Emergency communications support
Communications departments internal to government structures are getting serious about their role of providing emergency communications to “customer departments.”
Many forward-thinking (and usually better-funded) communications departments have been slowly building their emergency resources for years.
Even the late entrants have begun to develop some kind of plan that meets customer expectations within financial and technical constraints.
Level of support — When developing an emergency response plan with the customer, the level of support the customer needs and can sustain must be clearly defined. It could differ greatly from agency to agency.
Counties with a large tax base will be able to provide more, compared to a small municipality. Support services may range from handing out fresh batteries for portables to offering wide-band public safety network access via microwave for voice, data and radio applications.
Final authority — You have to establish who within the customer department has the authority to call for deployment of the emergency equipment and support team. Because emergencies often occur at inconvenient times (such as after hours), false rollouts on overtime can be expensive and disheartening to the support team.
Command officers at the scene of the incident might have a different perspective than officers at headquarters. While HQ management calls for emergency support deployment, authorities on-scene may want to clear the area and keep things as uncomplicated as possible.
The last things they might want to deal with are those they feel they don’t understand or need (such as communications technicians with their vehicles, trailers and other equipment).
Specifying limitations — Be sure the customer understands the inherent limitations of the support equipment.
For example, if mobile microwave equipment is transported to a fire staging area, the fire department staff has to be made aware of the requirement for a line-of-sight path from that location to another microwave site within their network.
They need to know that placement of the support equipment is critical and, once established, it cannot be moved without disrupting communications.
Broadband: Microwave it
If a line-of-site path does exist between the incident location and a coordinate microwave site, mobile microwave equipment offers a highly useful resource.
Microwave radios, multiplex and two-way equipment can be housed inside a truck, van or trailer. Various configurations of microwave antenna masts can be attached to the side or roof of the vehicle to establish a temporary link to the coordinate site.
If the equipment is mounted permanently inside the vehicle, a trailer is often the best option.
Motored vehicles can be more expensive, and they require additional maintenance.
An on-board air-conditioner and standby generator allow the vehicle to be cool and self-contained.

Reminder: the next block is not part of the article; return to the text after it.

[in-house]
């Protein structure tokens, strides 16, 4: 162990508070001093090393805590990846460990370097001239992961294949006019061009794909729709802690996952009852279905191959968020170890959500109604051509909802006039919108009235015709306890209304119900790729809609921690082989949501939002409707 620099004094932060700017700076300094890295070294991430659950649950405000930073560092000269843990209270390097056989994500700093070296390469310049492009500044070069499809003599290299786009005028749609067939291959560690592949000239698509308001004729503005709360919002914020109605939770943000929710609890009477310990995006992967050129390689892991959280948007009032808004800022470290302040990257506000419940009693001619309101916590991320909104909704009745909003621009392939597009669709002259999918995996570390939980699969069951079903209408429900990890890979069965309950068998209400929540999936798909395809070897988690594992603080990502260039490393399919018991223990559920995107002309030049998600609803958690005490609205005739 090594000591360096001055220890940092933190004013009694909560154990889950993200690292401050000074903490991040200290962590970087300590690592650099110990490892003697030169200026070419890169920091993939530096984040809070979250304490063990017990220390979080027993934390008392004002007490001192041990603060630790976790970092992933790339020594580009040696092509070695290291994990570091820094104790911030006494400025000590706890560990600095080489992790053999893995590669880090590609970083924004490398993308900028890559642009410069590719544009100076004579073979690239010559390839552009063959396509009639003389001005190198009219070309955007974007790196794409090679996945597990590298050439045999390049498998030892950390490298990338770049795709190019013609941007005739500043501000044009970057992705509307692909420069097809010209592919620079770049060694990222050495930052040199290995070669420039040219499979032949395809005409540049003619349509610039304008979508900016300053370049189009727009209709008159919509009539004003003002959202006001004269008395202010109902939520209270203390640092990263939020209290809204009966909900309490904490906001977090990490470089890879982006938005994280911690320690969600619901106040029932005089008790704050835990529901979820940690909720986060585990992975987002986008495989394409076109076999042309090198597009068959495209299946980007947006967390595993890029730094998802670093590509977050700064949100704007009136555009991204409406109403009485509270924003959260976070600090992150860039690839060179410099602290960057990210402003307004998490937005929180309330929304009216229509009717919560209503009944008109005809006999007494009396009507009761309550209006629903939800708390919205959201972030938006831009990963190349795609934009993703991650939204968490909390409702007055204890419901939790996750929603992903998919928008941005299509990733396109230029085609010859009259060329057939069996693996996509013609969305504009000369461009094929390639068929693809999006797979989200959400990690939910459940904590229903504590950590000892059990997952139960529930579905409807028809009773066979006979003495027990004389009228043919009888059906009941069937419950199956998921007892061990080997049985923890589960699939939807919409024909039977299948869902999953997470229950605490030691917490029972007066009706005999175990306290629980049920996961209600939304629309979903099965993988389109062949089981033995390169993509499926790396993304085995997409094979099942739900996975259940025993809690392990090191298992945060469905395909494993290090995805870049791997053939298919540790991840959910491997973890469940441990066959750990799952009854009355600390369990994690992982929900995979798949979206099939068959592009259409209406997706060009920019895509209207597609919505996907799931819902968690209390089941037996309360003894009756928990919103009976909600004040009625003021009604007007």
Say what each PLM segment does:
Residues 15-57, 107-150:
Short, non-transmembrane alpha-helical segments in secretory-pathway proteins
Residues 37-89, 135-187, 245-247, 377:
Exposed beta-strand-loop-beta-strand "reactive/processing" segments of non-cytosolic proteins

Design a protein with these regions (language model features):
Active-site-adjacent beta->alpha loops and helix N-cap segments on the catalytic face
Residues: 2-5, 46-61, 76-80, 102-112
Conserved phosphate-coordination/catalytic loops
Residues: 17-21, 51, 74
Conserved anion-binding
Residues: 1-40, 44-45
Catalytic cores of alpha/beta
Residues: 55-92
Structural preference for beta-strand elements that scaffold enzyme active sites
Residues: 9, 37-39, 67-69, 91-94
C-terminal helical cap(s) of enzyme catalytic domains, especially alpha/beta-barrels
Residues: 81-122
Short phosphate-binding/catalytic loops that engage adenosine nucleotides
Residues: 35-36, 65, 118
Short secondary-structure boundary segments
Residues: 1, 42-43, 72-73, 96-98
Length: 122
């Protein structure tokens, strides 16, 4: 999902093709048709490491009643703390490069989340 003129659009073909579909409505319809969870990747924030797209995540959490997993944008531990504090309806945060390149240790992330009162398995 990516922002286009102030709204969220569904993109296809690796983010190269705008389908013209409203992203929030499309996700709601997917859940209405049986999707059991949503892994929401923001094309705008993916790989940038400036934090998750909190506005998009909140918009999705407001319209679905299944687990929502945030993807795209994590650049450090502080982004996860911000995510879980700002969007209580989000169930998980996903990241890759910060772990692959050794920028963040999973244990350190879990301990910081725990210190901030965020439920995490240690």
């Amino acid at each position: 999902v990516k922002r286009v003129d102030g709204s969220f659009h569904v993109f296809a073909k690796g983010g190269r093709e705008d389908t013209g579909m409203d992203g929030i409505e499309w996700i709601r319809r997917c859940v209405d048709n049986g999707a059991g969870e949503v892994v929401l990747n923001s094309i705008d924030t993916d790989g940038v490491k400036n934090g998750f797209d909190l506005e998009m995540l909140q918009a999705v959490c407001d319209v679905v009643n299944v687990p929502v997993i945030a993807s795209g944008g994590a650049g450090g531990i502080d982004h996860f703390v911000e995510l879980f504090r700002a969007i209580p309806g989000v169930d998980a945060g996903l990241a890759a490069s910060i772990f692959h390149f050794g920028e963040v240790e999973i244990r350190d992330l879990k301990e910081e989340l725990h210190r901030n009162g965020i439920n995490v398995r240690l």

As a practical matter, many small generators intended for motor homes or trailers aren’t designed to operate non-stop for days or a week at a time. Because an emergency may require communications support for an extended period, arrange access to a large, continuous-duty generator as soon as the deployment is ordered.
Many large customer departments such as fire department and law enforcement agencies have this type of heavy equipment on-scene or available.
The least expensive option for the microwave radios include unlicensed, spread-spectrum units for the 2.4 GHz or 5.8 GHz bands. Different manufacturers and models offer variations in system gain and bandwidth.
These compact, lightweight radios and antennas have no special reputation for providing long-term, reliable communications. But emergencies are not permanent; thus, many consider these units to be an acceptable, cost-effective option.
A more reliable but expensive alternative is a licensed, fixed-frequency microwave radio. If the budget allows, redundancy could be used for even greater reliability.
During an emergency deployment, the best position available for the microwave trailer and antennas may provide a less-than-optimal path. Loss caused by trees, terrain features or other obstructions, along with unwanted reflections, can reduce the signal at path endpoints.
Path length is also a limiting factor and an important consideration when evaluating the various types, makes and models of microwave radios referenced to support expectations.
Greater system gains are achieved with narrower bandwidths. A single T1 spread-spectrum radio may have an advertised path length of 60 miles, where the DS-3 version is limited to about 15 miles.
If the customer department requires only a single T1, there would be no good reason to go wild with bandwidth while imposing severe limitations on path length.